Flight controllers today fully revved up a gyroscope on the International Space Station that spacewalkers brought back to life Wednesday. They plan to return it to the set of gyroscopes controlling the Station’s orientation Friday morning.
After a normal, slow ramping up of speed over several hours, the newly restored Control Moment Gyroscope 2 reached its normal peak spin rate of 6,600 revolutions per minute at about 1:30 p.m. CDT. Engineers plan to perform tests overnight to further monitor the gyroscope’s operation. The gyroscope will then join the other two CMGs currently controlling the Station’s attitude.
Expedition 9 Commander Gennady Padalka and Flight Engineer and NASA ISS Science Officer Mike Fincke successfully replaced the failed circuit breaker providing power to the gyroscope during a 5-hour, 40-minute spacewalk Wednesday. Today the crew had a short, off-duty day. Russian flight controllers used air from the Progress cargo craft's supply tanks for a normal repressurization of the complex today, replacing air that had been vented overboard to allow the airlock to be opened for the spacewalk. The crew will work on additional spacewalk clean-up tasks Friday.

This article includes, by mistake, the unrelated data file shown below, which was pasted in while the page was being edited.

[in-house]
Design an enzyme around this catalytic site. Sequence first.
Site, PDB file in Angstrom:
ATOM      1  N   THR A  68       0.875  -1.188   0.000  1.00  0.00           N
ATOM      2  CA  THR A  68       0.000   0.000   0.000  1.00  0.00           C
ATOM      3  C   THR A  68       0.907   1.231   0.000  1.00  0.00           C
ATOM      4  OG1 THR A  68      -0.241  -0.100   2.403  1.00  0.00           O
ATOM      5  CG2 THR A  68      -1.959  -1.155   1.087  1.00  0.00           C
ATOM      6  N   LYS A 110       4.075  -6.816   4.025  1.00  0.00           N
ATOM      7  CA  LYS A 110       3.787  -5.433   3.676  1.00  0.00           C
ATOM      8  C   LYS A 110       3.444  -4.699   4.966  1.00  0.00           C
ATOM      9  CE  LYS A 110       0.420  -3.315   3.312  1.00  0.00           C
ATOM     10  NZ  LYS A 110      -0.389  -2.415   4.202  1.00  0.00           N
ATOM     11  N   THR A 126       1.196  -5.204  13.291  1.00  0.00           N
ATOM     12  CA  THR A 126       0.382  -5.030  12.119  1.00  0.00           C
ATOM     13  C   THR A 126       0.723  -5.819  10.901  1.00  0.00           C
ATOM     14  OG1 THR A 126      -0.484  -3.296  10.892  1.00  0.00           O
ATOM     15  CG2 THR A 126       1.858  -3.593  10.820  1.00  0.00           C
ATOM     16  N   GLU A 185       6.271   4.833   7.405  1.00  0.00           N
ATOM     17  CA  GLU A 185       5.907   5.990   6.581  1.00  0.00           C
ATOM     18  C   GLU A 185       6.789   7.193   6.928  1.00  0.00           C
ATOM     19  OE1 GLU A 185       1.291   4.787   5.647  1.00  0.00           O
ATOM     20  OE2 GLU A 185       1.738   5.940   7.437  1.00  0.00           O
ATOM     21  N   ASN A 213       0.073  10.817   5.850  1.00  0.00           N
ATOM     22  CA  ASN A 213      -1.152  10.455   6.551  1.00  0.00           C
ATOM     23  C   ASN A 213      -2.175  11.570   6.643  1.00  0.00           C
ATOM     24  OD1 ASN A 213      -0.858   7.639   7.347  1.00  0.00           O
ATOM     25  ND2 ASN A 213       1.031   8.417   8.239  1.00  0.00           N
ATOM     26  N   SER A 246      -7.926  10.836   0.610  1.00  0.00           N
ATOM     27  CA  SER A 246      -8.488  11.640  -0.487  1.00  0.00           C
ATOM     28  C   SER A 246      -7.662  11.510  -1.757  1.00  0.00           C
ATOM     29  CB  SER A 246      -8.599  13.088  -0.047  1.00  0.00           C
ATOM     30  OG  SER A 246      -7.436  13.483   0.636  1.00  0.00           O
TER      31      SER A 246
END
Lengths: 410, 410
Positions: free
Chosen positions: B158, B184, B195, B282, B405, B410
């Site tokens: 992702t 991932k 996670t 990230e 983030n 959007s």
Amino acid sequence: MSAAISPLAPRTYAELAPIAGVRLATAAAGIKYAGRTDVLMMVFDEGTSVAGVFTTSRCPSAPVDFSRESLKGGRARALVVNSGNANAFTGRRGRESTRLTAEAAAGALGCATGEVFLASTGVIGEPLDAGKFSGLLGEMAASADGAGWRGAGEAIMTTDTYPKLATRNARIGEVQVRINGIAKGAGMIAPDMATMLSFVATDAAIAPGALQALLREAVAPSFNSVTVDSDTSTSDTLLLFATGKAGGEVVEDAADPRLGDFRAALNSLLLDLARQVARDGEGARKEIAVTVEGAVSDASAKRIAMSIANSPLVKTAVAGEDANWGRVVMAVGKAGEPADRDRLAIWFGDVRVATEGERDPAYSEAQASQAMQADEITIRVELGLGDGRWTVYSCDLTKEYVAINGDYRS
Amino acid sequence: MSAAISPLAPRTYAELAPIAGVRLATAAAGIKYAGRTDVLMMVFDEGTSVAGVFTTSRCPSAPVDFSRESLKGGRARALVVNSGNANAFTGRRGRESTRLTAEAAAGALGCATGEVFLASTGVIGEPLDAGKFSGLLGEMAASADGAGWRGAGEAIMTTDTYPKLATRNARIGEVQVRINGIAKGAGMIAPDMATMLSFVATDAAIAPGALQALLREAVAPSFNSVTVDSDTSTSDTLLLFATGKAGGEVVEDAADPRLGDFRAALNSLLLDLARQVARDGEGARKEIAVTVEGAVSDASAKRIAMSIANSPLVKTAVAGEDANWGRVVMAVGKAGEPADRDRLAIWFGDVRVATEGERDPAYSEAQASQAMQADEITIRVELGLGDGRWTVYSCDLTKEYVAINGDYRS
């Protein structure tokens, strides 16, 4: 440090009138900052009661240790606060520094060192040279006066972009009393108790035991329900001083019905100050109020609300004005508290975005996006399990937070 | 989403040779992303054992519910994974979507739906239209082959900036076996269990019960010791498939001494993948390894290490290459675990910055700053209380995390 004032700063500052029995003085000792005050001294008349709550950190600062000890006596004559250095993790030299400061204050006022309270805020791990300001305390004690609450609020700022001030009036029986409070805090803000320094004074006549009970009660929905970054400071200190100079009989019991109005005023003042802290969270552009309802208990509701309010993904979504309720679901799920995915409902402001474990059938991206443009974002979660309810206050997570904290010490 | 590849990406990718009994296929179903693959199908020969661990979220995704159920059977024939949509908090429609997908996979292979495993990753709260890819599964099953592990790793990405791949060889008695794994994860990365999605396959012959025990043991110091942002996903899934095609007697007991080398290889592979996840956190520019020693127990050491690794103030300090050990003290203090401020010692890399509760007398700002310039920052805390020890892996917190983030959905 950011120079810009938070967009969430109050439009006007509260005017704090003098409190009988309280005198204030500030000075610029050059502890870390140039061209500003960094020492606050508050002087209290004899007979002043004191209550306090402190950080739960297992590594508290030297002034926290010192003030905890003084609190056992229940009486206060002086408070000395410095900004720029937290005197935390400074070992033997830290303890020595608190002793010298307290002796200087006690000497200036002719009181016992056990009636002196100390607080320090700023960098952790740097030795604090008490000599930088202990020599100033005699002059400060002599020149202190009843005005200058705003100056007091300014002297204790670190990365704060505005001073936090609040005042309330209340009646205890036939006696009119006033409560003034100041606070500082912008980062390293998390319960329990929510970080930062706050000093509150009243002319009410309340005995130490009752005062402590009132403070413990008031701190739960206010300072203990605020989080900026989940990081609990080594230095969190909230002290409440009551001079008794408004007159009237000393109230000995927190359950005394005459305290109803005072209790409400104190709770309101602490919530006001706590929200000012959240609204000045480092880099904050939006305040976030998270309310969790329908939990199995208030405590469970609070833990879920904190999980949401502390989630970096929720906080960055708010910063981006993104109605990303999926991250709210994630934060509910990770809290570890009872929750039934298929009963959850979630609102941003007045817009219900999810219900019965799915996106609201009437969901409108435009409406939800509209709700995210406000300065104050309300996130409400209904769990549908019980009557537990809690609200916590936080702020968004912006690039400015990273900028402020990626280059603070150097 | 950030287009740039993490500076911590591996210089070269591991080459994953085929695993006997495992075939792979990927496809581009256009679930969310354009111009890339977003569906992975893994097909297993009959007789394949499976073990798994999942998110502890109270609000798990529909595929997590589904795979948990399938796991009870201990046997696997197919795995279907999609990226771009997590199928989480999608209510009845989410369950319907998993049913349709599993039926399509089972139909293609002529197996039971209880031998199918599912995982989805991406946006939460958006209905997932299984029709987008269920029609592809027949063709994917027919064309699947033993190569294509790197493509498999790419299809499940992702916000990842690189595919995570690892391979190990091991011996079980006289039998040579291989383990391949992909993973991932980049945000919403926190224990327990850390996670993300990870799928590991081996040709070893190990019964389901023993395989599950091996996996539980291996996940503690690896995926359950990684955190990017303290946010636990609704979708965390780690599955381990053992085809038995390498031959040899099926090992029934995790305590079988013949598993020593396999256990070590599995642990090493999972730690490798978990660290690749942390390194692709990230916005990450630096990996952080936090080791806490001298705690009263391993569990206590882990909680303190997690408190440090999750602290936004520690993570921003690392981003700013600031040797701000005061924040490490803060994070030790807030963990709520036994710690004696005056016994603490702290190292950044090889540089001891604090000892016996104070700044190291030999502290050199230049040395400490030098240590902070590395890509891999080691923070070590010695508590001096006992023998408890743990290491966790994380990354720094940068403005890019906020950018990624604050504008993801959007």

Information on the crew's activities aboard the Space Station, future launch dates, as well as Station sighting opportunities from anywhere on the Earth, is available on the Internet at:
Details on Station science operations can be found on an Internet site administered by the Payload Operations Center at NASA's Marshall Space Flight Center in Huntsville, Ala., at:
The next ISS status report will be issued Friday afternoon or as events warrant.
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